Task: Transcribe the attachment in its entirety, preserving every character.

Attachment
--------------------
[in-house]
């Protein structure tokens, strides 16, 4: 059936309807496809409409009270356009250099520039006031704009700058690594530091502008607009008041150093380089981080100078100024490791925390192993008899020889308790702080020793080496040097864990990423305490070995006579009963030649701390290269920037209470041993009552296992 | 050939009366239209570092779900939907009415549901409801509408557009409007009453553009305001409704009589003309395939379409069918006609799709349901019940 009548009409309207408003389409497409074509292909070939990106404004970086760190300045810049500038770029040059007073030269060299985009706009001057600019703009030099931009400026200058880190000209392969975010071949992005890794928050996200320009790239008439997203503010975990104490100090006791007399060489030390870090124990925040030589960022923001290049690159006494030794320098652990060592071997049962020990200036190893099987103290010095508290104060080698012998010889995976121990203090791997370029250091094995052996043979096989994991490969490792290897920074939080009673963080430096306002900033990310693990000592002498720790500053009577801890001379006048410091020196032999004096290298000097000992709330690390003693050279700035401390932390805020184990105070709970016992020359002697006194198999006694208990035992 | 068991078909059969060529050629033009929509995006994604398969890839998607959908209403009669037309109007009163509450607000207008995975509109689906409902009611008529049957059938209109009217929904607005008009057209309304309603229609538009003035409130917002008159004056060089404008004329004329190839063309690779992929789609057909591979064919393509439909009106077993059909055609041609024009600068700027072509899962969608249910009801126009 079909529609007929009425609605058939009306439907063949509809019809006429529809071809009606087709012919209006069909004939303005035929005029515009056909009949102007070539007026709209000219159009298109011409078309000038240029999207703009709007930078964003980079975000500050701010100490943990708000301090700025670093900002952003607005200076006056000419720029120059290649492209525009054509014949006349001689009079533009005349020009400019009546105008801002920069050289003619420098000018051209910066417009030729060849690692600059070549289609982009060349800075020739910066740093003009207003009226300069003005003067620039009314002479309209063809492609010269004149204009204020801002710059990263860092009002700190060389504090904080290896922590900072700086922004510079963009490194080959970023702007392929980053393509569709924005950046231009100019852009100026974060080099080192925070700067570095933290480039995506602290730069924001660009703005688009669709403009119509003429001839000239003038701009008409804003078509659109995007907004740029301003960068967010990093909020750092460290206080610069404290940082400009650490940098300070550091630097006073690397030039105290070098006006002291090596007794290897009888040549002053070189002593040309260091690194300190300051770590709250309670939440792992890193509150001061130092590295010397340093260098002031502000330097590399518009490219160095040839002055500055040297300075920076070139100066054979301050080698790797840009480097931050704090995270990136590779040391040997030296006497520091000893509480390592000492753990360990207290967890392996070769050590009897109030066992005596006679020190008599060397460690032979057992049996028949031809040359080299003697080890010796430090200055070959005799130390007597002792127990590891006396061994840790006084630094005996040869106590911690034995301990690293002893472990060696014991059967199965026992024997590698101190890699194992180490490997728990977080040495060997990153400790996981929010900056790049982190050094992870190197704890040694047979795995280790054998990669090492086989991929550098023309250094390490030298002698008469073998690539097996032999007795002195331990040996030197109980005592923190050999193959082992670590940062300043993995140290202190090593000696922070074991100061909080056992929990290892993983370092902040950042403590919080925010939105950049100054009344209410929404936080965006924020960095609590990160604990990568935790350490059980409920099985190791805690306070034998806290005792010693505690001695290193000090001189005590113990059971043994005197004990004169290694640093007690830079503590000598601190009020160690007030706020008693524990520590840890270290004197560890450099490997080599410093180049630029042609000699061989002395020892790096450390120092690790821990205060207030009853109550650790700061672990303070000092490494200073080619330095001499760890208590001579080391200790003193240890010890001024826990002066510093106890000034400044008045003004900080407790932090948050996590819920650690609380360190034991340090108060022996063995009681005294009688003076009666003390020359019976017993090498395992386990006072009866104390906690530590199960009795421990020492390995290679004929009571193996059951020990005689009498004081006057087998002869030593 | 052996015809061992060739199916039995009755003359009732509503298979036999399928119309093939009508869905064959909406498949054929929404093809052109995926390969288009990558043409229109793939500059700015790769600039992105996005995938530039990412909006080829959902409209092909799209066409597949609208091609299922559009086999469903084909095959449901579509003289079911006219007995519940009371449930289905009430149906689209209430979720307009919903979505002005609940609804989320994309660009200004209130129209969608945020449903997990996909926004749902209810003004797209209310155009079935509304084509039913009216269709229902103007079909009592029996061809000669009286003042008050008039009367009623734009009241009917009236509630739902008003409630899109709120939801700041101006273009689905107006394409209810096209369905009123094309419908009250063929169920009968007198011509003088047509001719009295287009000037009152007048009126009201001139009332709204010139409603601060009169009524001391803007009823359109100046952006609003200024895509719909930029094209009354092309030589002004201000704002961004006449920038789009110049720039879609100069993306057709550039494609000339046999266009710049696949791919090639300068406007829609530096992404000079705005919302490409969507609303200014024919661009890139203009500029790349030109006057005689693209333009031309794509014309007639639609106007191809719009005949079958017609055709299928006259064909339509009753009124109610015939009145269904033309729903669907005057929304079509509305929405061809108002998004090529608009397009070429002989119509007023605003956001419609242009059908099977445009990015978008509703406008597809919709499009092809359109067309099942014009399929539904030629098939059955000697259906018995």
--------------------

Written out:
[in-house]
């Protein structure tokens, strides 16, 4: 059936309807496809409409009270356009250099520039006031704009700058690594530091502008607009008041150093380089981080100078100024490791925390192993008899020889308790702080020793080496040097864990990423305490070995006579009963030649701390290269920037209470041993009552296992 | 050939009366239209570092779900939907009415549901409801509408557009409007009453553009305001409704009589003309395939379409069918006609799709349901019940 009548009409309207408003389409497409074509292909070939990106404004970086760190300045810049500038770029040059007073030269060299985009706009001057600019703009030099931009400026200058880190000209392969975010071949992005890794928050996200320009790239008439997203503010975990104490100090006791007399060489030390870090124990925040030589960022923001290049690159006494030794320098652990060592071997049962020990200036190893099987103290010095508290104060080698012998010889995976121990203090791997370029250091094995052996043979096989994991490969490792290897920074939080009673963080430096306002900033990310693990000592002498720790500053009577801890001379006048410091020196032999004096290298000097000992709330690390003693050279700035401390932390805020184990105070709970016992020359002697006194198999006694208990035992 | 068991078909059969060529050629033009929509995006994604398969890839998607959908209403009669037309109007009163509450607000207008995975509109689906409902009611008529049957059938209109009217929904607005008009057209309304309603229609538009003035409130917002008159004056060089404008004329004329190839063309690779992929789609057909591979064919393509439909009106077993059909055609041609024009600068700027072509899962969608249910009801126009 079909529609007929009425609605058939009306439907063949509809019809006429529809071809009606087709012919209006069909004939303005035929005029515009056909009949102007070539007026709209000219159009298109011409078309000038240029999207703009709007930078964003980079975000500050701010100490943990708000301090700025670093900002952003607005200076006056000419720029120059290649492209525009054509014949006349001689009079533009005349020009400019009546105008801002920069050289003619420098000018051209910066417009030729060849690692600059070549289609982009060349800075020739910066740093003009207003009226300069003005003067620039009314002479309209063809492609010269004149204009204020801002710059990263860092009002700190060389504090904080290896922590900072700086922004510079963009490194080959970023702007392929980053393509569709924005950046231009100019852009100026974060080099080192925070700067570095933290480039995506602290730069924001660009703005688009669709403009119509003429001839000239003038701009008409804003078509659109995007907004740029301003960068967010990093909020750092460290206080610069404290940082400009650490940098300070550091630097006073690397030039105290070098006006002291090596007794290897009888040549002053070189002593040309260091690194300190300051770590709250309670939440792992890193509150001061130092590295010397340093260098002031502000330097590399518009490219160095040839002055500055040297300075920076070139100066054979301050080698790797840009480097931050704090995270990136590779040391040997030296006497520091000893509480390592000492753990360990207290967890392996070769050590009897109030066992005596006679020190008599060397460690032979057992049996028949031809040359080299003697080890010796430090200055070959005799130390007597002792127990590891006396061994840790006084630094005996040869106590911690034995301990690293002893472990060696014991059967199965026992024997590698101190890699194992180490490997728990977080040495060997990153400790996981929010900056790049982190050094992870190197704890040694047979795995280790054998990669090492086989991929550098023309250094390490030298002698008469073998690539097996032999007795002195331990040996030197109980005592923190050999193959082992670590940062300043993995140290202190090593000696922070074991100061909080056992929990290892993983370092902040950042403590919080925010939105950049100054009344209410929404936080965006924020960095609590990160604990990568935790350490059980409920099985190791805690306070034998806290005792010693505690001695290193000090001189005590113990059971043994005197004990004169290694640093007690830079503590000598601190009020160690007030706020008693524990520590840890270290004197560890450099490997080599410093180049630029042609000699061989002395020892790096450390120092690790821990205060207030009853109550650790700061672990303070000092490494200073080619330095001499760890208590001579080391200790003193240890010890001024826990002066510093106890000034400044008045003004900080407790932090948050996590819920650690609380360190034991340090108060022996063995009681005294009688003076009666003390020359019976017993090498395992386990006072009866104390906690530590199960009795421990020492390995290679004929009571193996059951020990005689009498004081006057087998002869030593 | 052996015809061992060739199916039995009755003359009732509503298979036999399928119309093939009508869905064959909406498949054929929404093809052109995926390969288009990558043409229109793939500059700015790769600039992105996005995938530039990412909006080829959902409209092909799209066409597949609208091609299922559009086999469903084909095959449901579509003289079911006219007995519940009371449930289905009430149906689209209430979720307009919903979505002005609940609804989320994309660009200004209130129209969608945020449903997990996909926004749902209810003004797209209310155009079935509304084509039913009216269709229902103007079909009592029996061809000669009286003042008050008039009367009623734009009241009917009236509630739902008003409630899109709120939801700041101006273009689905107006394409209810096209369905009123094309419908009250063929169920009968007198011509003088047509001719009295287009000037009152007048009126009201001139009332709204010139409603601060009169009524001391803007009823359109100046952006609003200024895509719909930029094209009354092309030589002004201000704002961004006449920038789009110049720039879609100069993306057709550039494609000339046999266009710049696949791919090639300068406007829609530096992404000079705005919302490409969507609303200014024919661009890139203009500029790349030109006057005689693209333009031309794509014309007639639609106007191809719009005949079958017609055709299928006259064909339509009753009124109610015939009145269904033309729903669907005057929304079509509305929405061809108002998004090529608009397009070429002989119509007023605003956001419609242009059908099977445009990015978008509703406008597809919709499009092809359109067309099942014009399929539904030629098939059955000697259906018995």